During his brief stint in college, Beasley, whose middle name is Paul, was dominant enough to be one of three to grace our “Fresh to Death” cover for issue 117. One of the stepping-stones that helped the Pennsylvania native Roth gain notoriety was an appearance on XXL’s Freshmen cover in late ’08.
Lifted by Green, Backed by Experience
Once he entered the L, Beasley’s rep briefly took a, um, hit, as he was allegedly involved in the marijuana smell incident that caused Mario Chalmers and Darrell Arthur to be dismissed from the rookie training program. Widely regarded by peers as a jokester, Beasley didn’t let the incident hold him back as his NBA career began alongside one of the game’s best in Dwyane Wade. The notoriously goofy Roth’s The Greenhouse Effect, aided by mixtape vets DJ Drama and Don Cannon, helped the weed smoking college grad create a buzz during his rookie season. Oh, yeah, did I mention his middle name is Paul? I’m just sayin’.
Brook Lopez is Curren$y
Building a Rep
People have had their eyes on Brook Lopez for a while now, and with good reason. The Cali native is a former McDonald’s All-American and helped lead Stanford to a 3-seed as a sophomore before being selected 10th overall by the Nets. New Orleans bred MC Curren$y has been working to make a name for himself for a few years, after signing with Lil’ Wayne’s Young Money Entertainment in 2005. He quickly became Weezy’s right hand man, and the two recorded a slew of collabos, including 2006’s successful “Where da Cash At,” before separating in ’07.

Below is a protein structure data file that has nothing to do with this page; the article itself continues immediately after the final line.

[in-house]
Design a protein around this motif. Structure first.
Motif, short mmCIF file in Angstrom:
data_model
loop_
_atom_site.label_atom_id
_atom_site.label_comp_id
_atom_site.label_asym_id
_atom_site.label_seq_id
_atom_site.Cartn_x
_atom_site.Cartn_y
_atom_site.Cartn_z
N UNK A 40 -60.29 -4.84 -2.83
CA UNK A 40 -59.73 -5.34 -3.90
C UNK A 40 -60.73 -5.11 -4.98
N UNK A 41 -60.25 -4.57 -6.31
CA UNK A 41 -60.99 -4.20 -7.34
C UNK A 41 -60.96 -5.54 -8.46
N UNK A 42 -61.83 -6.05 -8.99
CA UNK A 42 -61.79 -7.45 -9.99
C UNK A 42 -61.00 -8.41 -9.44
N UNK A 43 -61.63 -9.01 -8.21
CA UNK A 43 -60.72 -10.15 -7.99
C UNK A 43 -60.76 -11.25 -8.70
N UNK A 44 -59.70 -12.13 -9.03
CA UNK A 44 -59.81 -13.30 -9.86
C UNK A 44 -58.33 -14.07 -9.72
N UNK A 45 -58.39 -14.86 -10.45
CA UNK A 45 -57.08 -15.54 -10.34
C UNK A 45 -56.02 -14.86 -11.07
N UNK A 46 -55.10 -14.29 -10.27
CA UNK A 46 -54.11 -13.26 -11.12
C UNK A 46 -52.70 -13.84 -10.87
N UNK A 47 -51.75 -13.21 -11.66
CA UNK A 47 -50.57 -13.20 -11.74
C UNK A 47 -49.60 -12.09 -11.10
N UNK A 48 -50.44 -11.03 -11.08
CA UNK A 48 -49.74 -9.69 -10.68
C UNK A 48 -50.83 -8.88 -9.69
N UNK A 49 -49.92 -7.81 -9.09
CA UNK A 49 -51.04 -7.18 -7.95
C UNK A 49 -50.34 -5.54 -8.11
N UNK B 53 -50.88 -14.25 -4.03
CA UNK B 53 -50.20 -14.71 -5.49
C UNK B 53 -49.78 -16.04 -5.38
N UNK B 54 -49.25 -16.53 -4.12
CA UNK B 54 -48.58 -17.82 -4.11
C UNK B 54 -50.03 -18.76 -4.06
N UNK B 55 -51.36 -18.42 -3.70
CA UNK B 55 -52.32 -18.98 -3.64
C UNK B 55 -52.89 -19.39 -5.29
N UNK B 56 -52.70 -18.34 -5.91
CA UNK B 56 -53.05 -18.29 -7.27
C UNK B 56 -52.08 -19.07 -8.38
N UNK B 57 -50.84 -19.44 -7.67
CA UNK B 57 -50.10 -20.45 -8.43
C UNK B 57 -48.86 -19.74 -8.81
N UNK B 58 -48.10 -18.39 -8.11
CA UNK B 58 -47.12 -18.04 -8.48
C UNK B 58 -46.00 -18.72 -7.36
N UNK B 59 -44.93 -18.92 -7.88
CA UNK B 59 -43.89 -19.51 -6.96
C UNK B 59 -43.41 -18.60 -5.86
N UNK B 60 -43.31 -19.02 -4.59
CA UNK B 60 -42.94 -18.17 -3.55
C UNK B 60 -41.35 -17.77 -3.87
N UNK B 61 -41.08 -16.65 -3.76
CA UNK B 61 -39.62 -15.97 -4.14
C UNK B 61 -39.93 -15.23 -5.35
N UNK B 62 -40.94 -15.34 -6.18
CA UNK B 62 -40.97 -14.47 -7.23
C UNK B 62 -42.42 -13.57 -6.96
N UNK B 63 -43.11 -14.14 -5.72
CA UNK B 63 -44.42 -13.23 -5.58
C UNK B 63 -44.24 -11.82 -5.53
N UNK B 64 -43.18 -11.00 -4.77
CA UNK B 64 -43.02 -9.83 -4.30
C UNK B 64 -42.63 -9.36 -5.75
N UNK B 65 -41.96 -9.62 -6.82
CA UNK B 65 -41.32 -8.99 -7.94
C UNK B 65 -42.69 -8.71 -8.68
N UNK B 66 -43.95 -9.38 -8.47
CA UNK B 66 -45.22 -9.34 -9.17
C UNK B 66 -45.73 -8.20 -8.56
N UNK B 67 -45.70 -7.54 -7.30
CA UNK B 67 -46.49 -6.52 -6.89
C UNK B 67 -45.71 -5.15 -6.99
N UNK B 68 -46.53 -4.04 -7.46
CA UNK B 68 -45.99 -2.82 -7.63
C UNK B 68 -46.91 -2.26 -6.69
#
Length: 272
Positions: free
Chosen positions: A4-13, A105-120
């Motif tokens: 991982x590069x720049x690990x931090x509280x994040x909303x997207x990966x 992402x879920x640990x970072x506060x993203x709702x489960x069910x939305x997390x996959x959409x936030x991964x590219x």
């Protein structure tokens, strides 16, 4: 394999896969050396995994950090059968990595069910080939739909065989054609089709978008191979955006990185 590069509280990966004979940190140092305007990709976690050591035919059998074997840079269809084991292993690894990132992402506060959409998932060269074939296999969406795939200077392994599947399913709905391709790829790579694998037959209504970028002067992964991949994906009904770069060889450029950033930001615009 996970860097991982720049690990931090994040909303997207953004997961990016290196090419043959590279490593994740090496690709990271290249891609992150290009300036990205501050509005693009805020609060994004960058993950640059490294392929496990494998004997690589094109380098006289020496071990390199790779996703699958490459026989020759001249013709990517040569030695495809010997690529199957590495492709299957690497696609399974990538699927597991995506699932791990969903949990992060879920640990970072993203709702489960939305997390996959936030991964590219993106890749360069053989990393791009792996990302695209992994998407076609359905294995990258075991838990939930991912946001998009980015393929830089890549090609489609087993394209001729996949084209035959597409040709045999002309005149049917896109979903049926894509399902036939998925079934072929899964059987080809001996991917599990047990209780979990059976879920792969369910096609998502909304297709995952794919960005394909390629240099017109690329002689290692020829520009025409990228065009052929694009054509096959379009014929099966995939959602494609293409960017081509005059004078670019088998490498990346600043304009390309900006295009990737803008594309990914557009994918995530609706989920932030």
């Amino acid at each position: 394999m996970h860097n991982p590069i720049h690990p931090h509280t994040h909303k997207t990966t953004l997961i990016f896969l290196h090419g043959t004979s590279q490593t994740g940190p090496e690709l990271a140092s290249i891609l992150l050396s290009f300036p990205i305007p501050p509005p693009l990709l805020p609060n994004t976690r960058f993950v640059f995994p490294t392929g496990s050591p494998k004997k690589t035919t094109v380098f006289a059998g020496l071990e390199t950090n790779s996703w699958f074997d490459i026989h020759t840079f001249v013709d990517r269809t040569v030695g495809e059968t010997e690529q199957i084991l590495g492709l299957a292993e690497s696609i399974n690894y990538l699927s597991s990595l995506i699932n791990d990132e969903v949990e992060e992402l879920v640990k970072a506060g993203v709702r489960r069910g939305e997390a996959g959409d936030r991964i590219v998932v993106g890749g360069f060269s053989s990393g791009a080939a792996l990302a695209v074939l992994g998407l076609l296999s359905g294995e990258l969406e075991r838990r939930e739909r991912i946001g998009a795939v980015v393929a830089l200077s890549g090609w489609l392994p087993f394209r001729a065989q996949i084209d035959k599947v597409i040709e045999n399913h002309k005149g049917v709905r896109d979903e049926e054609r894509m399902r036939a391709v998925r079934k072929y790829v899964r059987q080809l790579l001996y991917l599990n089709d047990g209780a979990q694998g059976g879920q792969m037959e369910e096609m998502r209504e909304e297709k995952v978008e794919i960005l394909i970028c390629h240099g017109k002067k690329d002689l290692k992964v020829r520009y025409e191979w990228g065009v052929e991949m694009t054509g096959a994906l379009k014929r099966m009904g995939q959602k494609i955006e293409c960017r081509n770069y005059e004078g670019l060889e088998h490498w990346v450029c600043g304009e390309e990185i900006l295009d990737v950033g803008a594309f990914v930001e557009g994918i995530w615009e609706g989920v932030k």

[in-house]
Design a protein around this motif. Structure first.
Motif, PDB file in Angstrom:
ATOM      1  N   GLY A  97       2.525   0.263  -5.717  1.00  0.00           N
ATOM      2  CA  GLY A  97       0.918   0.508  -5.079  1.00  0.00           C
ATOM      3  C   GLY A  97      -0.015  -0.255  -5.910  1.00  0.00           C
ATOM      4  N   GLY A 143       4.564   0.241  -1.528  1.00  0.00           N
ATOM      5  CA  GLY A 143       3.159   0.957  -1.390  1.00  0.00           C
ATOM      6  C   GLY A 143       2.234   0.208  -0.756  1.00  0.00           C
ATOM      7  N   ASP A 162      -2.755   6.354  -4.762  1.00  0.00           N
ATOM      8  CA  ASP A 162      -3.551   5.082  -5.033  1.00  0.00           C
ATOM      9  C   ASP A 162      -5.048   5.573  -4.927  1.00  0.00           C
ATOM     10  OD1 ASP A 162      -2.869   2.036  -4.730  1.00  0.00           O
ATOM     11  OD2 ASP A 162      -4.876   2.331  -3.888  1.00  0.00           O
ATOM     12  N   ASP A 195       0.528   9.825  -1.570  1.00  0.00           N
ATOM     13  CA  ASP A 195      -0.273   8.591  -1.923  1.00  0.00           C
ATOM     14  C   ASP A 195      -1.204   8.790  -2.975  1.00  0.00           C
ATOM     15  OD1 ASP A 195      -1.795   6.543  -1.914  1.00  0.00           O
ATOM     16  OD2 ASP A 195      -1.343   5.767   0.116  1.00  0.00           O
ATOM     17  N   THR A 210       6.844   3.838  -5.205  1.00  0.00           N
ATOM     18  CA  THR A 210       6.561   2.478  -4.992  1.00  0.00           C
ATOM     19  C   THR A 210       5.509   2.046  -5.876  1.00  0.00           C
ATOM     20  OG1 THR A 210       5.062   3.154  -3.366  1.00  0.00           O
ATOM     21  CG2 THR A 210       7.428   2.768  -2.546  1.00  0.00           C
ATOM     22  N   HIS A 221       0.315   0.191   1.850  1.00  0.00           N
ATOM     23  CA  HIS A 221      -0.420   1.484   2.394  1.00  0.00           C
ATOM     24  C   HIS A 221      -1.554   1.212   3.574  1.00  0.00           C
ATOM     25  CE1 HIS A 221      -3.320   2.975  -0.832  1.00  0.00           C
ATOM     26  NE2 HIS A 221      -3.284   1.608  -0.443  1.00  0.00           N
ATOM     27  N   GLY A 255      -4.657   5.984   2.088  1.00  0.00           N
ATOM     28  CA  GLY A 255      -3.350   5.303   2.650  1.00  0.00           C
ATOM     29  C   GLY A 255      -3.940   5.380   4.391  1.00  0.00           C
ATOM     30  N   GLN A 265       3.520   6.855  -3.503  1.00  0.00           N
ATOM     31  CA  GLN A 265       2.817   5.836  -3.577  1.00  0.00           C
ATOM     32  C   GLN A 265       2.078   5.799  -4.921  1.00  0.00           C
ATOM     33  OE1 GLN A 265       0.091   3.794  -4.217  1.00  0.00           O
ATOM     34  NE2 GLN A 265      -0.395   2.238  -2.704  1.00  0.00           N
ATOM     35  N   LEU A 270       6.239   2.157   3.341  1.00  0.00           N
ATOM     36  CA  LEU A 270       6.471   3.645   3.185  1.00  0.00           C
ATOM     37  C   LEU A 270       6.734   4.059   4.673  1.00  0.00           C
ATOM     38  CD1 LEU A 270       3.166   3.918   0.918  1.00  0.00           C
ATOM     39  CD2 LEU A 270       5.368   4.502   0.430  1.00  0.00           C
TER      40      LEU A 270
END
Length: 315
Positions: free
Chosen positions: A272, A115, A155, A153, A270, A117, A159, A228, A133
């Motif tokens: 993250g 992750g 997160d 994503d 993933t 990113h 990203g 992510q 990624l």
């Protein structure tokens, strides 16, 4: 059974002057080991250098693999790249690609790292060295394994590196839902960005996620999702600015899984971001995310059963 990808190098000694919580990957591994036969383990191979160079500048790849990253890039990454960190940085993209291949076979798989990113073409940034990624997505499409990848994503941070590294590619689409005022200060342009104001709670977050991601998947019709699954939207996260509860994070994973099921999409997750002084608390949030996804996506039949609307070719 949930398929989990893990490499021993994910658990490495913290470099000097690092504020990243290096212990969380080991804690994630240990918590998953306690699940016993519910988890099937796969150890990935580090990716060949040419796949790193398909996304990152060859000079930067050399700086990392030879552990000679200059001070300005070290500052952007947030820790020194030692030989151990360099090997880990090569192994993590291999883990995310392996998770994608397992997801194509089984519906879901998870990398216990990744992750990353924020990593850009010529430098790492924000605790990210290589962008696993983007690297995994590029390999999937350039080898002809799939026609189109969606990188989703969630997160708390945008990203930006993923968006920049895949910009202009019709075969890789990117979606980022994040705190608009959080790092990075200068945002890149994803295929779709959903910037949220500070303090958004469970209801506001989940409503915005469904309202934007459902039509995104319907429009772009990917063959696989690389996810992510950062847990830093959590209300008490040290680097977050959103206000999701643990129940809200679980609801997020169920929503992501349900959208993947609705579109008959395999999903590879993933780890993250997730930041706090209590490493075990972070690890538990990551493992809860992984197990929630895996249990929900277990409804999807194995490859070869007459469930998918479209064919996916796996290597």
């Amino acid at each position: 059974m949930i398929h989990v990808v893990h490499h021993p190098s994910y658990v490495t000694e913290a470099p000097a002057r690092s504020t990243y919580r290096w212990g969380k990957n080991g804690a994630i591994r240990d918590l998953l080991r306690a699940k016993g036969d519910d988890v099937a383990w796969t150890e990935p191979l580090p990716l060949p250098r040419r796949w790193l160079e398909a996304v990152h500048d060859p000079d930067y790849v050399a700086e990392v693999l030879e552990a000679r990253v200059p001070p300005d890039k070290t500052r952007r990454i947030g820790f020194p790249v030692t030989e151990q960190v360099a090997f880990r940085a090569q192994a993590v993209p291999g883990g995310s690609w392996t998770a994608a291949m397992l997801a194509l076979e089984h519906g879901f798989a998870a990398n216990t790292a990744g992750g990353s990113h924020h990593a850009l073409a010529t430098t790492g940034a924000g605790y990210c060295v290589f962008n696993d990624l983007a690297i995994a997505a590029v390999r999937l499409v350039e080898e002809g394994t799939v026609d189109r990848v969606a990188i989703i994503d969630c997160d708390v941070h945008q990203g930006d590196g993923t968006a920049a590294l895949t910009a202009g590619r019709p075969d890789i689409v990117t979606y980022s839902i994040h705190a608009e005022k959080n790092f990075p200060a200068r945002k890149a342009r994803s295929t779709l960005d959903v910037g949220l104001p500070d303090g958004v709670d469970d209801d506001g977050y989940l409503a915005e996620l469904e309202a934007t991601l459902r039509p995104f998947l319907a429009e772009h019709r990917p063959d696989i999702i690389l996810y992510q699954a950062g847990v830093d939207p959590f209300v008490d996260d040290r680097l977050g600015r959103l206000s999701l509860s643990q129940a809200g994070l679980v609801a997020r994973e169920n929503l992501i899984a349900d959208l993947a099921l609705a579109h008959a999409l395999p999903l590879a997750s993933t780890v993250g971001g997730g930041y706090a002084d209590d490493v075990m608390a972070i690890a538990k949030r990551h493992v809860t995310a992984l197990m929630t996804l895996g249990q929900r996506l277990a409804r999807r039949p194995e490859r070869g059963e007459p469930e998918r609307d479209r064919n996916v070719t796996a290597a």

Find a New Sidekick
Upon entering the NBA, Lopez had to part ways with his twin brother and lifelong teammate, Robin, for the first time, but found a new friend in fellow rookie Ryan Anderson. The two teamed up for “The Brook and Ryan Show” which aired online during the season. Like Brook, Hot Spitta found a new sidekick to work with and recently released his “How Fly” mixtape with fellow up and comer Wiz Khalifa.
Danilo Gallinari is Charles Hamilton
Setting the Bar High—Briefly
As the sixth overall pick, expectations were high for Danilo—especially since he was coming to New York City. But less than a week into the season, we found out he’d be wearing street clothes for most of the remainder of the year. Charles Hamilton gained a buzz quickly thanks in part to exposure from hip-hop blog sites and the internet, but the love soon seemed to tail off due to some over exposure from hip-hop blog sites and the internet. The Sonic the Hedgehog obsessed rapper was caught on tape getting slapped by a girl and accused of taking credit for beats that weren’t his, among other alleged transgressions.
I’m Not a Stereotype
Fans were disappointed, hoping for an immediate impact from a lottery pick like Gallinari on a struggling team. Said to be healthy heading into the upcoming season, he’s still got a chance to show that he was worth the high draft pick and that he’s more than another European big who can only shoot. As for Hamilton, some were put off by his attention-grabbing antics, let down that the music began to seem secondary. But, like Danilo, Charles hopes to soon prove that the hype was not unwarranted and that he’s more than just another internet rapper, as his official debut, “This Perfect Life,” is supposedly dropping the end of this summer.